International paid net additions totaled 6.3m in Q3, a 23% increase vs. 5.1m in the year ago quarter, and slightly above our 6.2m guidance forecast. The US dollar strengthened vs. several key currencies over the course of the quarter, which resulted in the variance between our forecasted vs. actual international revenue. International ARPU, excluding the impact of F/X, rose 10% year over year. We’re making strides in our key markets and, while we have much more work to do in Asia in the coming years, we are seeing encouraging signs of progress.
And just so Apple isn’t the only “growth” company to slash various reporting metrics, Netflix joined in and announced that it would stop differentiating between domestic and international margins, to wit:
“as we self-produce and license more original content that has global rights, we are finding US vs.international segment contribution margin reporting is becoming less useful internally. We’ll stop reporting on it in January 2020 and continue to focus on global operating margin as our primary profitability metric”
What was left unsaid is that international margins clearly are not growing nearly fast enough, but hey, “it’s less useful internally.”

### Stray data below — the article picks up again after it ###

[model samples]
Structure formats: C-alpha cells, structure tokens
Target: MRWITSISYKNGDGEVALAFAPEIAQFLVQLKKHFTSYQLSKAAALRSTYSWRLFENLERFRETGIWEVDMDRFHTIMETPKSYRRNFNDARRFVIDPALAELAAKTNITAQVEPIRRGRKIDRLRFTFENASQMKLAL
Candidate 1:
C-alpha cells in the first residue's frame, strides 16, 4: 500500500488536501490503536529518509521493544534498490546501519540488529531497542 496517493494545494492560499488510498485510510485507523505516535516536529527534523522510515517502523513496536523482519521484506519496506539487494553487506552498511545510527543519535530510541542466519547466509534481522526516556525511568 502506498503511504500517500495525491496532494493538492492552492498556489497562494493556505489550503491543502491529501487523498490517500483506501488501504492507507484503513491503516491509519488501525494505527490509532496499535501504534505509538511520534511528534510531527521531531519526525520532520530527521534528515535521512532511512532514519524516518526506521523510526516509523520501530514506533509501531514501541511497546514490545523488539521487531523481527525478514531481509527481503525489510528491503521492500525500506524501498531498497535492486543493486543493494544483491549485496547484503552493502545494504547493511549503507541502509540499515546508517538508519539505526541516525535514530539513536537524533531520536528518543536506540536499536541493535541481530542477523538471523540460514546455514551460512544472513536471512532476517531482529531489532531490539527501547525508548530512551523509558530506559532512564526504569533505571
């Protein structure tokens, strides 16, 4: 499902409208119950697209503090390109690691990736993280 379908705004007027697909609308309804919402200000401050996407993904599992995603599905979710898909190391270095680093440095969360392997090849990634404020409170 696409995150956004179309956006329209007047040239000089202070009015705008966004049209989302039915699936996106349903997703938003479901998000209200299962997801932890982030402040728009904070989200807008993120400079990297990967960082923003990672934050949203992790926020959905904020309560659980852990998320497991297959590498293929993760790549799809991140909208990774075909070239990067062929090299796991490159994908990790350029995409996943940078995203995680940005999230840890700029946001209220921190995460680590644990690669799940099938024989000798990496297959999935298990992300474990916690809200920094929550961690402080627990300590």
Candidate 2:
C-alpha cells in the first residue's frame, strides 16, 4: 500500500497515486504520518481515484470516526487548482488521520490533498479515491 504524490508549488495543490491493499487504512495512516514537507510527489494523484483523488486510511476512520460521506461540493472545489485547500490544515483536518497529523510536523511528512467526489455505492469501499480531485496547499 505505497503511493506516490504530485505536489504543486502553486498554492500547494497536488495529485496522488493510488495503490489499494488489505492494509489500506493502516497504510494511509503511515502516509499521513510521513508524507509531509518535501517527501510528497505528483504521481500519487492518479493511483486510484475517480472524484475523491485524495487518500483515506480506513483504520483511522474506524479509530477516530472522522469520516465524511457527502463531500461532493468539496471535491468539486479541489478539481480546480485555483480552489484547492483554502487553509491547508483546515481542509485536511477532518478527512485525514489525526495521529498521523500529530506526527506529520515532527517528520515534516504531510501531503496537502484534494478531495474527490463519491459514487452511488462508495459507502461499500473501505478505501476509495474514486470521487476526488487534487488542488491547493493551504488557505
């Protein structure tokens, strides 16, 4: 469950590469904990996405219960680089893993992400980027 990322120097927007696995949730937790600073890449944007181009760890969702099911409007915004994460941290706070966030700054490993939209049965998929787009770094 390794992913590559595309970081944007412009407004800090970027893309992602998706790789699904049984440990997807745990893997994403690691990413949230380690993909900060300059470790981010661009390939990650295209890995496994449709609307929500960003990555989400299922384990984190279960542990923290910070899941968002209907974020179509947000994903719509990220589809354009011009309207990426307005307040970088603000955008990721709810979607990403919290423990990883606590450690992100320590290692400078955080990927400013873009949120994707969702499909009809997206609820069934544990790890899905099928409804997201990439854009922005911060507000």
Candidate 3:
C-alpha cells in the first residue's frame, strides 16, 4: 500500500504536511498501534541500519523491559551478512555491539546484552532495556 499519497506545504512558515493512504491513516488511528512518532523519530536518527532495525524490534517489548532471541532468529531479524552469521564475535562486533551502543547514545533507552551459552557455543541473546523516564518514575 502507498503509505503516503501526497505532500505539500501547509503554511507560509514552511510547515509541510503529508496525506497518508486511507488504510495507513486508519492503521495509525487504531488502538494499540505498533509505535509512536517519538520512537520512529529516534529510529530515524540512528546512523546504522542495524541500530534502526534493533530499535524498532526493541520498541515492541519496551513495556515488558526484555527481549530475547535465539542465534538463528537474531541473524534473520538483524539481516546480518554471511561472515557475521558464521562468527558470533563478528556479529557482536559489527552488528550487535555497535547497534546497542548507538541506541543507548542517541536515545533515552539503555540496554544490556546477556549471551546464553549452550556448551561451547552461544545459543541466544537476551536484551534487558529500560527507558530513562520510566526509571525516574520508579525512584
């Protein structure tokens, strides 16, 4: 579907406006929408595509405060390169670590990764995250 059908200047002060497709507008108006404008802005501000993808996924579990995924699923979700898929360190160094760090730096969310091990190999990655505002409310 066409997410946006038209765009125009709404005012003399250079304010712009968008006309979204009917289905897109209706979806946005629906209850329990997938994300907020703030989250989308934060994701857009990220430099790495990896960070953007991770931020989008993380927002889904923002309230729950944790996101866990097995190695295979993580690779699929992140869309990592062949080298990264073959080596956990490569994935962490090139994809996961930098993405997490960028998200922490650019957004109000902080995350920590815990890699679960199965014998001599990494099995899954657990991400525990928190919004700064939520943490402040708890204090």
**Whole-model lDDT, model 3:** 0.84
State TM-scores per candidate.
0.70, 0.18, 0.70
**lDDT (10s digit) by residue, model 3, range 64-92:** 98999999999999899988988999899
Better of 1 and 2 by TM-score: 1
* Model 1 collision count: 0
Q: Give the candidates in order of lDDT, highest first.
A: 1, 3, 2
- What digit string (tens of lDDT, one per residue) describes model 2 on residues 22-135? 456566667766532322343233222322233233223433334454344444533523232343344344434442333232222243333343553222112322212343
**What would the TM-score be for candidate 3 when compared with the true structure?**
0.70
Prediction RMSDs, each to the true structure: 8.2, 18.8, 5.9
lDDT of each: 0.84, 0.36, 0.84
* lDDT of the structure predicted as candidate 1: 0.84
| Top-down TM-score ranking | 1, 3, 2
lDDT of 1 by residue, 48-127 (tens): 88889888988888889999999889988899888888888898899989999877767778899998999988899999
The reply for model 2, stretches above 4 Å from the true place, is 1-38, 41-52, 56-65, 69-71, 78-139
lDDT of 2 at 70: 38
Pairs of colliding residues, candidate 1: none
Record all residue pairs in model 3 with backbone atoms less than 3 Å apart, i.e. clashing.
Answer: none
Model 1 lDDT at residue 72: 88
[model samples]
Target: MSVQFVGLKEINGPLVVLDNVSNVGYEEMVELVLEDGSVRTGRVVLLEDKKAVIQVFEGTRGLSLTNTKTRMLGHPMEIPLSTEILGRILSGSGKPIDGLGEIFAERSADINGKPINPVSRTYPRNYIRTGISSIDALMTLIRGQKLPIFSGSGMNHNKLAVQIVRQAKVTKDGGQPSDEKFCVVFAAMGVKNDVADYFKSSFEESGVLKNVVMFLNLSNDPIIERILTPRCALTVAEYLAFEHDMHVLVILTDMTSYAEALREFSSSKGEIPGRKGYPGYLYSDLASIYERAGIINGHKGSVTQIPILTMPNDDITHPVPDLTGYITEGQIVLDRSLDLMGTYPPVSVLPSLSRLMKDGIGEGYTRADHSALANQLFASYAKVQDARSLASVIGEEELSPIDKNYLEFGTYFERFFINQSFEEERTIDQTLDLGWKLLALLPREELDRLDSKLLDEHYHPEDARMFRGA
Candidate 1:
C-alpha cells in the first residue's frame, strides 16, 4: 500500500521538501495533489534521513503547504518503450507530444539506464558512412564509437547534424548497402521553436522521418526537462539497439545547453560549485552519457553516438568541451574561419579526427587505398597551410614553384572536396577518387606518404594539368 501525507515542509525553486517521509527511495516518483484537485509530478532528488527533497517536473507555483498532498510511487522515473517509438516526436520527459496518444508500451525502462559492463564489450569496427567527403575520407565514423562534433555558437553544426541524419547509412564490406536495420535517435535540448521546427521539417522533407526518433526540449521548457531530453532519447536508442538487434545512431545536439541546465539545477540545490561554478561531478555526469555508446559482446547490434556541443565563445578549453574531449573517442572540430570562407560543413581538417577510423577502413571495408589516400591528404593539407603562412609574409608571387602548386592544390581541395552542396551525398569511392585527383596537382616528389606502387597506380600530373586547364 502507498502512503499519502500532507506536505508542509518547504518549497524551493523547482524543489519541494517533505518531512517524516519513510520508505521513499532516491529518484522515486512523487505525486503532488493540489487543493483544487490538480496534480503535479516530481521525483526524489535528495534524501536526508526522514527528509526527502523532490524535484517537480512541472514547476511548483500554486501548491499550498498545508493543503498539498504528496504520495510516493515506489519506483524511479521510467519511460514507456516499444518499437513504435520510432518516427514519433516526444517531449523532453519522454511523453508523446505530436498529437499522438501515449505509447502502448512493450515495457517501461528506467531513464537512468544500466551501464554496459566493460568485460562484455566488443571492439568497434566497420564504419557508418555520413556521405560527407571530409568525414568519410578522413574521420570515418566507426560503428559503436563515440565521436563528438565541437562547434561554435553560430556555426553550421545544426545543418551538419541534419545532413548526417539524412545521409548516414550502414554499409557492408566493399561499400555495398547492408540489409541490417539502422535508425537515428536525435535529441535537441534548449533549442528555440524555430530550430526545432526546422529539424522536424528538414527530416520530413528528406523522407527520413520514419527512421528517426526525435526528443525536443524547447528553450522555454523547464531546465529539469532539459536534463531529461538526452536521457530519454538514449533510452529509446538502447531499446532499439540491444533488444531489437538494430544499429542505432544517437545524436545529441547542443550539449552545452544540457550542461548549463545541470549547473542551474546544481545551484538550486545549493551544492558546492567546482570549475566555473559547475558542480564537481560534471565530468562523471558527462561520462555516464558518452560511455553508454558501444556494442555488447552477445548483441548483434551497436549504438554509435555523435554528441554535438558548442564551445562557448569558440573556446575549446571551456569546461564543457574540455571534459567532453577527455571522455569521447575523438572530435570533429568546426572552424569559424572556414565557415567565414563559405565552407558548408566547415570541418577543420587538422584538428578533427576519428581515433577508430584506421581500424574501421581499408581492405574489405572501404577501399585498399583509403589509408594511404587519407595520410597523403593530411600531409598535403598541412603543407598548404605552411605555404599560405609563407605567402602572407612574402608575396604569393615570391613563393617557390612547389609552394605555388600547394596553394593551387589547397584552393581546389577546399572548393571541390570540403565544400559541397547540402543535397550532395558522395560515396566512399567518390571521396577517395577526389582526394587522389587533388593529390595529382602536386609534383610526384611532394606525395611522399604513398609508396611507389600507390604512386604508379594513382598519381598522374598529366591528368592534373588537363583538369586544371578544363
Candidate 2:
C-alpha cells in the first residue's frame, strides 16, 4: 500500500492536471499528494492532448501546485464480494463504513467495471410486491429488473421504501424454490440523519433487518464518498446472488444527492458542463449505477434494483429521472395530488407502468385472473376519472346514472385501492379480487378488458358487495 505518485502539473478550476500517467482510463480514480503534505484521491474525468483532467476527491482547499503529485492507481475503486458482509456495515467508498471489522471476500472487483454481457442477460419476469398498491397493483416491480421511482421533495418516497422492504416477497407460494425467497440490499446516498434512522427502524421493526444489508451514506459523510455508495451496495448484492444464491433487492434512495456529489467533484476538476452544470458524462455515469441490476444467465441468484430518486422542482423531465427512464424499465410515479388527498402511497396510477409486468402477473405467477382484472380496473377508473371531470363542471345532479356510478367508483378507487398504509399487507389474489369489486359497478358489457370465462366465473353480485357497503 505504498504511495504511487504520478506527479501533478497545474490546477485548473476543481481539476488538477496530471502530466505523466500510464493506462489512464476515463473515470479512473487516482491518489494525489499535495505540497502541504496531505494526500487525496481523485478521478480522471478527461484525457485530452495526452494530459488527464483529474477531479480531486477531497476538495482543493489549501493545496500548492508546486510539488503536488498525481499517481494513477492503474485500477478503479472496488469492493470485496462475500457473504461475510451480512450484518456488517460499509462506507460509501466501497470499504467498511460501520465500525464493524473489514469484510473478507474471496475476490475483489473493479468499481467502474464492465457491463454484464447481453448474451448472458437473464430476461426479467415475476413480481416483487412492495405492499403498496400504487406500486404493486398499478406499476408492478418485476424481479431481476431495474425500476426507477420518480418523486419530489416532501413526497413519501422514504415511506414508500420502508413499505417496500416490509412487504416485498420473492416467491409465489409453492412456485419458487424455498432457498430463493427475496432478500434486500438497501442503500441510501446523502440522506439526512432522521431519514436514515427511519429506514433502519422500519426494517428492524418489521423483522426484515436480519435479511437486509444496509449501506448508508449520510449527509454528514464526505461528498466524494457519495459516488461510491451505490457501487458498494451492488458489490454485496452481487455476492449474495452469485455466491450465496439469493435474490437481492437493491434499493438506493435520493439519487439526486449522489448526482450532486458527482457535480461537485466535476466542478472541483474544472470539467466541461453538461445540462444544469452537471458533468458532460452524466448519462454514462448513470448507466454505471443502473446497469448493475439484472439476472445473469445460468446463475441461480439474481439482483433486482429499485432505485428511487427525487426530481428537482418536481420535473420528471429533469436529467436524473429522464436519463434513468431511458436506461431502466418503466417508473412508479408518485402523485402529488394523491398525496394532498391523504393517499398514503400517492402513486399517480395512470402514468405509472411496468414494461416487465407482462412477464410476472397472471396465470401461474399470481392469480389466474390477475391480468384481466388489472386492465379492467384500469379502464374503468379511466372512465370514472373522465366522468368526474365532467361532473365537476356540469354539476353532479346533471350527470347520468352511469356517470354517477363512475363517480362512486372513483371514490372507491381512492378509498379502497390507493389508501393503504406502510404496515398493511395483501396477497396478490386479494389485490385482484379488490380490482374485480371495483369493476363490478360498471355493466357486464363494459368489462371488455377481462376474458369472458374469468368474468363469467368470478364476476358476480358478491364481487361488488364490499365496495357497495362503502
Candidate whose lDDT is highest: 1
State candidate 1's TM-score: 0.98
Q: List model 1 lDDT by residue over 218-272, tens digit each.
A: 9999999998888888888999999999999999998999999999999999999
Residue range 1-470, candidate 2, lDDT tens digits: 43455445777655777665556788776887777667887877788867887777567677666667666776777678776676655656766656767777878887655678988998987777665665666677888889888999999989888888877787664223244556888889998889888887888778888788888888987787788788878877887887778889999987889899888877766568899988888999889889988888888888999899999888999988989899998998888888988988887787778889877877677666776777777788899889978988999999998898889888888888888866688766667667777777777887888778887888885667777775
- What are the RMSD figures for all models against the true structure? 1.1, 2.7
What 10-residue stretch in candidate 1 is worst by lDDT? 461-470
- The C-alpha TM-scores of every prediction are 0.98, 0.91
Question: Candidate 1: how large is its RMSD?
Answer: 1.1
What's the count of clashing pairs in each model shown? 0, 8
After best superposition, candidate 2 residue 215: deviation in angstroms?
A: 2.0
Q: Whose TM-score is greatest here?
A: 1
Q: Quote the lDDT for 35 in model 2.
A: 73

So why despite another big miss on guidance and a clear slowdown to its growth, is the company soaring after hours? Because, i) the company’s international subs in Q3 did beat by a tiny fraction, and ii) the narrative goes, the company is now focusing more on profit and viability.
Is it? This is what Netflix said:
For Q4, we’re expecting consolidated revenue to increase 30% year over year with 9% streaming ARPU growth. We’re forecasting 7.6m global paid net adds (vs. 8.8m last Q4), with 0.6m in the US and 7.0m for the international segment. This implies full year 2019 paid net adds of 26.7m, down from 28.6m last year. While we had previously expected 2019 paid net adds to be up year over year, our current forecast reflects several factors including less precision in our ability to forecast the impact of our Q4 content slate, which consists of several new big IP launches (as opposed to returning seasons), the minor elevated churn in response to some price changes, and new forthcoming competition. As we outline in more detail below, our long term outlook on our business is unchanged.
That’s great, there is just one problem: cash burn was barely changed, and the company burned through $551 million in Q3, and has now burned money for 21 consecutive quarters, with Free Cash Flow since Q3 2014 a total of $9.4 billion.
Yet despite virtually no positive inflection point to the business, and if anything, a continued slowdown to growth, not to mention an imminent influx of competitors as both Disney, and Apple are about to unleash their own product offering and steal Netflix’ market share, the stock is surging as much as 10% after hours.
Somehow we doubt that this violent short squeeze will be sustainable as the race to the pricing bottom of the content wars costs Netflix first users, and then revenues.